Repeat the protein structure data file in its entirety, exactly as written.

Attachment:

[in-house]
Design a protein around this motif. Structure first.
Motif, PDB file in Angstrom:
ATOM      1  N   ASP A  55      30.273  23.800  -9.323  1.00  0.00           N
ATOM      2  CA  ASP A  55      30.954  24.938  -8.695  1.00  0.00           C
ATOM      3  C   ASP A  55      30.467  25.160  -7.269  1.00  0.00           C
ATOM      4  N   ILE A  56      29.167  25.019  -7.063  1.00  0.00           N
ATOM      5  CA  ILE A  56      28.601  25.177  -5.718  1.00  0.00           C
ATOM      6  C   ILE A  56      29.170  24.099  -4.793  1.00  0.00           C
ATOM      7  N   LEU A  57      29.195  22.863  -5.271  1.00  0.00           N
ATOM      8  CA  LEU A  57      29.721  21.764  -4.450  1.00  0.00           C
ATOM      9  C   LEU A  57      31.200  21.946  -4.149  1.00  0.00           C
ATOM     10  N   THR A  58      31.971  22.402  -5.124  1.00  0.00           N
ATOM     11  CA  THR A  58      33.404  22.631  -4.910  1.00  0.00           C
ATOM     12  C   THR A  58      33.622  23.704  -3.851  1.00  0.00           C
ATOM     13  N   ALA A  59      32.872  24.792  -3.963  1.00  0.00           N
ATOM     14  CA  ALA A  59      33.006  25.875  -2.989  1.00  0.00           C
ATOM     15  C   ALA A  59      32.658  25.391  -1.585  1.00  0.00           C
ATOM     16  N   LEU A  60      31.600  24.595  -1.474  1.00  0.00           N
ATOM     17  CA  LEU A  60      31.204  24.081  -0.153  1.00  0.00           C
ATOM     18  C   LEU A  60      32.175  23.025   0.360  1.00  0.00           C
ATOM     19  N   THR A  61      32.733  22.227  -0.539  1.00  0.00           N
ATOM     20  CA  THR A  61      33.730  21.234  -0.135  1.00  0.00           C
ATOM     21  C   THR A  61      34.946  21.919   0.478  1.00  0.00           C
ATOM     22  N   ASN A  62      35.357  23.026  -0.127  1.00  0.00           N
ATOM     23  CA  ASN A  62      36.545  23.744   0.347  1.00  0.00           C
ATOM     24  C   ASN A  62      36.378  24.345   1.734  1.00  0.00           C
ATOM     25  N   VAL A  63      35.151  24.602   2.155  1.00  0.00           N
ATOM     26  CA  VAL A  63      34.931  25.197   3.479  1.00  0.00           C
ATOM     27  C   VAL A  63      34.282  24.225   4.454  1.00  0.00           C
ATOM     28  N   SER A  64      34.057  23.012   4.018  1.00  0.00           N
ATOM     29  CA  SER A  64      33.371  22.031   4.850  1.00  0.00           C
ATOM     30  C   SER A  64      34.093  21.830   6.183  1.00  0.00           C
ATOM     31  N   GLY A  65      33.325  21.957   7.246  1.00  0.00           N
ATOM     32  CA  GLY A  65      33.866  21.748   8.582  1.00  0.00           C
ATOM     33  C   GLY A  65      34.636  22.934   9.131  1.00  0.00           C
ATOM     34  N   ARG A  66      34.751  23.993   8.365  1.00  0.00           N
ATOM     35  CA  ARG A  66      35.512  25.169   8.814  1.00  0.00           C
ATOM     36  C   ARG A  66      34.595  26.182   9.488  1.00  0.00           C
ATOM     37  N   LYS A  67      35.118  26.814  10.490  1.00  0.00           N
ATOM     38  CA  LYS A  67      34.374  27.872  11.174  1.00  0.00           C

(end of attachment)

[in-house]
Design a protein around this motif. Structure first.
Motif, PDB file in Angstrom:
ATOM      1  N   ASP A  55      30.273  23.800  -9.323  1.00  0.00           N
ATOM      2  CA  ASP A  55      30.954  24.938  -8.695  1.00  0.00           C
ATOM      3  C   ASP A  55      30.467  25.160  -7.269  1.00  0.00           C
ATOM      4  N   ILE A  56      29.167  25.019  -7.063  1.00  0.00           N
ATOM      5  CA  ILE A  56      28.601  25.177  -5.718  1.00  0.00           C
ATOM      6  C   ILE A  56      29.170  24.099  -4.793  1.00  0.00           C
ATOM      7  N   LEU A  57      29.195  22.863  -5.271  1.00  0.00           N
ATOM      8  CA  LEU A  57      29.721  21.764  -4.450  1.00  0.00           C
ATOM      9  C   LEU A  57      31.200  21.946  -4.149  1.00  0.00           C
ATOM     10  N   THR A  58      31.971  22.402  -5.124  1.00  0.00           N
ATOM     11  CA  THR A  58      33.404  22.631  -4.910  1.00  0.00           C
ATOM     12  C   THR A  58      33.622  23.704  -3.851  1.00  0.00           C
ATOM     13  N   ALA A  59      32.872  24.792  -3.963  1.00  0.00           N
ATOM     14  CA  ALA A  59      33.006  25.875  -2.989  1.00  0.00           C
ATOM     15  C   ALA A  59      32.658  25.391  -1.585  1.00  0.00           C
ATOM     16  N   LEU A  60      31.600  24.595  -1.474  1.00  0.00           N
ATOM     17  CA  LEU A  60      31.204  24.081  -0.153  1.00  0.00           C
ATOM     18  C   LEU A  60      32.175  23.025   0.360  1.00  0.00           C
ATOM     19  N   THR A  61      32.733  22.227  -0.539  1.00  0.00           N
ATOM     20  CA  THR A  61      33.730  21.234  -0.135  1.00  0.00           C
ATOM     21  C   THR A  61      34.946  21.919   0.478  1.00  0.00           C
ATOM     22  N   ASN A  62      35.357  23.026  -0.127  1.00  0.00           N
ATOM     23  CA  ASN A  62      36.545  23.744   0.347  1.00  0.00           C
ATOM     24  C   ASN A  62      36.378  24.345   1.734  1.00  0.00           C
ATOM     25  N   VAL A  63      35.151  24.602   2.155  1.00  0.00           N
ATOM     26  CA  VAL A  63      34.931  25.197   3.479  1.00  0.00           C
ATOM     27  C   VAL A  63      34.282  24.225   4.454  1.00  0.00           C
ATOM     28  N   SER A  64      34.057  23.012   4.018  1.00  0.00           N
ATOM     29  CA  SER A  64      33.371  22.031   4.850  1.00  0.00           C
ATOM     30  C   SER A  64      34.093  21.830   6.183  1.00  0.00           C
ATOM     31  N   GLY A  65      33.325  21.957   7.246  1.00  0.00           N
ATOM     32  CA  GLY A  65      33.866  21.748   8.582  1.00  0.00           C
ATOM     33  C   GLY A  65      34.636  22.934   9.131  1.00  0.00           C
ATOM     34  N   ARG A  66      34.751  23.993   8.365  1.00  0.00           N
ATOM     35  CA  ARG A  66      35.512  25.169   8.814  1.00  0.00           C
ATOM     36  C   ARG A  66      34.595  26.182   9.488  1.00  0.00           C
ATOM     37  N   LYS A  67      35.118  26.814  10.490  1.00  0.00           N
ATOM     38  CA  LYS A  67      34.374  27.872  11.174  1.00  0.00           C